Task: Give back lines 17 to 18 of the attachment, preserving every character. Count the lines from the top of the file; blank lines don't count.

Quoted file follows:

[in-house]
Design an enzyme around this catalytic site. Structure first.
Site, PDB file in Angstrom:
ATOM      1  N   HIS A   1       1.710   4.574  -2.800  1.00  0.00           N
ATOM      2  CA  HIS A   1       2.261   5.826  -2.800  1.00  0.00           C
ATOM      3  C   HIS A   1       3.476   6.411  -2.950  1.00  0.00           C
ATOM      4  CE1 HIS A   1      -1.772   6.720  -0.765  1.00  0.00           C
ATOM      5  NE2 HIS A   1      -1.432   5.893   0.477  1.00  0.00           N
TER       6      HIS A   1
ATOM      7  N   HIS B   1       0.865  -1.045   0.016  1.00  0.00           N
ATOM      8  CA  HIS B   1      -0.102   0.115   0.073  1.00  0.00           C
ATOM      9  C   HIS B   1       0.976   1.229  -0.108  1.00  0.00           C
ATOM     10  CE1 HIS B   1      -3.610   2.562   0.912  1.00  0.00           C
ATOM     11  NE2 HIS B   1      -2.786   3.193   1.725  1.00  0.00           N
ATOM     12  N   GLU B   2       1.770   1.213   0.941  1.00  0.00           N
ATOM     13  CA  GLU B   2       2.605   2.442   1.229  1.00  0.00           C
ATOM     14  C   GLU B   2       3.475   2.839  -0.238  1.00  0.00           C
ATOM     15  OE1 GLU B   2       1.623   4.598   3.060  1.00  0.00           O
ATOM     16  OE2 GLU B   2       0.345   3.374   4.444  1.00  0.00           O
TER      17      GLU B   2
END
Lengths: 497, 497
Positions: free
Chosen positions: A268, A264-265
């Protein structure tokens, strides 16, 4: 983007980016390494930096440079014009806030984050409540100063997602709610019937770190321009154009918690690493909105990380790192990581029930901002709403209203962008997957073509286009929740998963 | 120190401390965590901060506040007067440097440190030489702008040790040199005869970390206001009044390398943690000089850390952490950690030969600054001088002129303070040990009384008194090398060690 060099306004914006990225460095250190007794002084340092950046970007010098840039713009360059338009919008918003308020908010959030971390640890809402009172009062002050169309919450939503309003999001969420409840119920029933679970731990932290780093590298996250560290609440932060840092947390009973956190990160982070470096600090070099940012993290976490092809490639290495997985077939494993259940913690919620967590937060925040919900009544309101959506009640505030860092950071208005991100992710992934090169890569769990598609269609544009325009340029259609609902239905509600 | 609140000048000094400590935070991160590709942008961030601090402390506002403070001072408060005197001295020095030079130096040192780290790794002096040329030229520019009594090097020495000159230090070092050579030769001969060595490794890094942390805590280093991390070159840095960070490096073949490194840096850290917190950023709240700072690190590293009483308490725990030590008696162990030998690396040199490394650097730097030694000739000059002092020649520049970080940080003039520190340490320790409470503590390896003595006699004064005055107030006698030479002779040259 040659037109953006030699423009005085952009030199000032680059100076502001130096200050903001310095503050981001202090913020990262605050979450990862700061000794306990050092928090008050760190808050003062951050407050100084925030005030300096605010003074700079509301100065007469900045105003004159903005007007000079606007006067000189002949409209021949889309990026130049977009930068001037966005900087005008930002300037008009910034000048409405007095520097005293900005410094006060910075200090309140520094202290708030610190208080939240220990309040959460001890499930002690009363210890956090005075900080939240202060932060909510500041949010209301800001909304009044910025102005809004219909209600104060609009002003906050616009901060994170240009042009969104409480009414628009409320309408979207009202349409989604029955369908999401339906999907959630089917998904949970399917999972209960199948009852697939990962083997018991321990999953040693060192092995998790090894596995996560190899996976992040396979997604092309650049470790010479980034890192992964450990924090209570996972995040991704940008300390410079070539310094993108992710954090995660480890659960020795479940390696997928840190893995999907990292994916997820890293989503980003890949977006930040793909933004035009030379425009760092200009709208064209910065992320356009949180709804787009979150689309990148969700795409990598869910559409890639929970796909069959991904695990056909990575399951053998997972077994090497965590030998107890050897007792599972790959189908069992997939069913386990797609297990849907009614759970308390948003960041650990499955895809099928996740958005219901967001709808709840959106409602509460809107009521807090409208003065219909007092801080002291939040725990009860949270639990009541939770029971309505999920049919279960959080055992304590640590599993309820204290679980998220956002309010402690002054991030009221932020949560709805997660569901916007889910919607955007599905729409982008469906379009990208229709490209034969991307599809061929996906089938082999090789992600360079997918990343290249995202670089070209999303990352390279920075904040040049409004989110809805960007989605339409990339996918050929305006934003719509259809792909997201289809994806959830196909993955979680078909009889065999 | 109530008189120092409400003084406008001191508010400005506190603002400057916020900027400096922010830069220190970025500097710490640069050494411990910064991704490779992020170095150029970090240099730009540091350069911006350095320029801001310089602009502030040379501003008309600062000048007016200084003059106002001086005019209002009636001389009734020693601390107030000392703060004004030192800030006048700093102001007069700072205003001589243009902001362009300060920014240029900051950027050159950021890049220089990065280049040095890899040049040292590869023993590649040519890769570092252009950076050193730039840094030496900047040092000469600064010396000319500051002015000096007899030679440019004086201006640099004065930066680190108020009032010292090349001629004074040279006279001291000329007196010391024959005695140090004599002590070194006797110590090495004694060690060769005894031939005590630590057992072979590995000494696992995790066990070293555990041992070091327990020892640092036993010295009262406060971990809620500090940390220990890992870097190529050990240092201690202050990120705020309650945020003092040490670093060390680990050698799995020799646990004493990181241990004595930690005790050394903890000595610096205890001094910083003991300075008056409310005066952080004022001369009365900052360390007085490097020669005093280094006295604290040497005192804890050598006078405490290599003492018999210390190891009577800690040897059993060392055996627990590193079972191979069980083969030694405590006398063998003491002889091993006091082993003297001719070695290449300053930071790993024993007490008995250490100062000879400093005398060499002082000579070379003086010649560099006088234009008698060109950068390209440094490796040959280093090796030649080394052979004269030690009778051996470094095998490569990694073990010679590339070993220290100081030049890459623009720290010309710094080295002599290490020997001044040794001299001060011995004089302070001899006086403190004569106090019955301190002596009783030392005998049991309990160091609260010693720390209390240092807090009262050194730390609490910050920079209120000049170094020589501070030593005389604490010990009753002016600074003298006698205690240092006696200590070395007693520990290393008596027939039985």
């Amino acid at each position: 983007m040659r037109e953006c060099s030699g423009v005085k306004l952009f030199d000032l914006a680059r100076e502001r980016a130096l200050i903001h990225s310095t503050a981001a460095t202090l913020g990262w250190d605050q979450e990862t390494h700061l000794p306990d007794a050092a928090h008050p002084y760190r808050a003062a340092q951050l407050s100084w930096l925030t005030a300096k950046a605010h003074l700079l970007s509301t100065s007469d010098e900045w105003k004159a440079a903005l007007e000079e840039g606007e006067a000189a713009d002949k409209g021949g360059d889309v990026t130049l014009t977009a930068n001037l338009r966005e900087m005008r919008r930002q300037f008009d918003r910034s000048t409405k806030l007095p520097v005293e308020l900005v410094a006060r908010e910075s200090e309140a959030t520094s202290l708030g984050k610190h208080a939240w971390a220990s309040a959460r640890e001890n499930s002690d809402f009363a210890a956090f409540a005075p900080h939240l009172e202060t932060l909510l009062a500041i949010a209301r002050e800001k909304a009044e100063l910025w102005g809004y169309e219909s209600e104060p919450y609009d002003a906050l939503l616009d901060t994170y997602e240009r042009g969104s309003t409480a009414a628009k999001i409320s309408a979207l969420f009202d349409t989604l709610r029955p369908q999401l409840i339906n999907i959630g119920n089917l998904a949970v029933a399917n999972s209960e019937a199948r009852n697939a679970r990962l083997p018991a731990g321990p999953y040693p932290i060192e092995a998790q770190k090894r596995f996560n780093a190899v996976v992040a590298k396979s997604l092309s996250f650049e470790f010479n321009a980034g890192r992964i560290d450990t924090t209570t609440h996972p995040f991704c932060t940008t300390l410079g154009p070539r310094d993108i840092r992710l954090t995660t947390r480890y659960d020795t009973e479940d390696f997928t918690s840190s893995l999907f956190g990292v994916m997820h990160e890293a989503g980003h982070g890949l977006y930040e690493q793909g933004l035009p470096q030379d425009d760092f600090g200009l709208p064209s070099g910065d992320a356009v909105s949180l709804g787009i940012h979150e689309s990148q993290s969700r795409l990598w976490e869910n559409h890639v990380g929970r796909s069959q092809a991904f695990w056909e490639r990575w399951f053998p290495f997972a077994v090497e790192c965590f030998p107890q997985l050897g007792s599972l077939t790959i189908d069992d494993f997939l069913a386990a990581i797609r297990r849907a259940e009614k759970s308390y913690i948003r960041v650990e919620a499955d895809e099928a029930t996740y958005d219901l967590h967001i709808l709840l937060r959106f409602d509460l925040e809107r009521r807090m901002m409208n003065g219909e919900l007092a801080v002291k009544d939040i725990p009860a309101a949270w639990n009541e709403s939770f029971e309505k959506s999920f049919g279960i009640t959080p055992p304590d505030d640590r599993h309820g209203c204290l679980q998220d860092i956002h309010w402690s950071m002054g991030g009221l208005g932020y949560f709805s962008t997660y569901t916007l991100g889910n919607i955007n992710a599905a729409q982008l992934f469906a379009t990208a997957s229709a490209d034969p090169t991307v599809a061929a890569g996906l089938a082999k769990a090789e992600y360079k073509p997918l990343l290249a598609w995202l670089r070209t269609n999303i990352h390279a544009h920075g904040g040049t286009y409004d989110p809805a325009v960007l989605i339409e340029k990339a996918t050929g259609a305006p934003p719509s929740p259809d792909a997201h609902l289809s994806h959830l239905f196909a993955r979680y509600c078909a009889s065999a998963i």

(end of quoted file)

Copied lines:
ATOM     14  C   GLU B   2       3.475   2.839  -0.238  1.00  0.00           C
ATOM     15  OE1 GLU B   2       1.623   4.598   3.060  1.00  0.00           O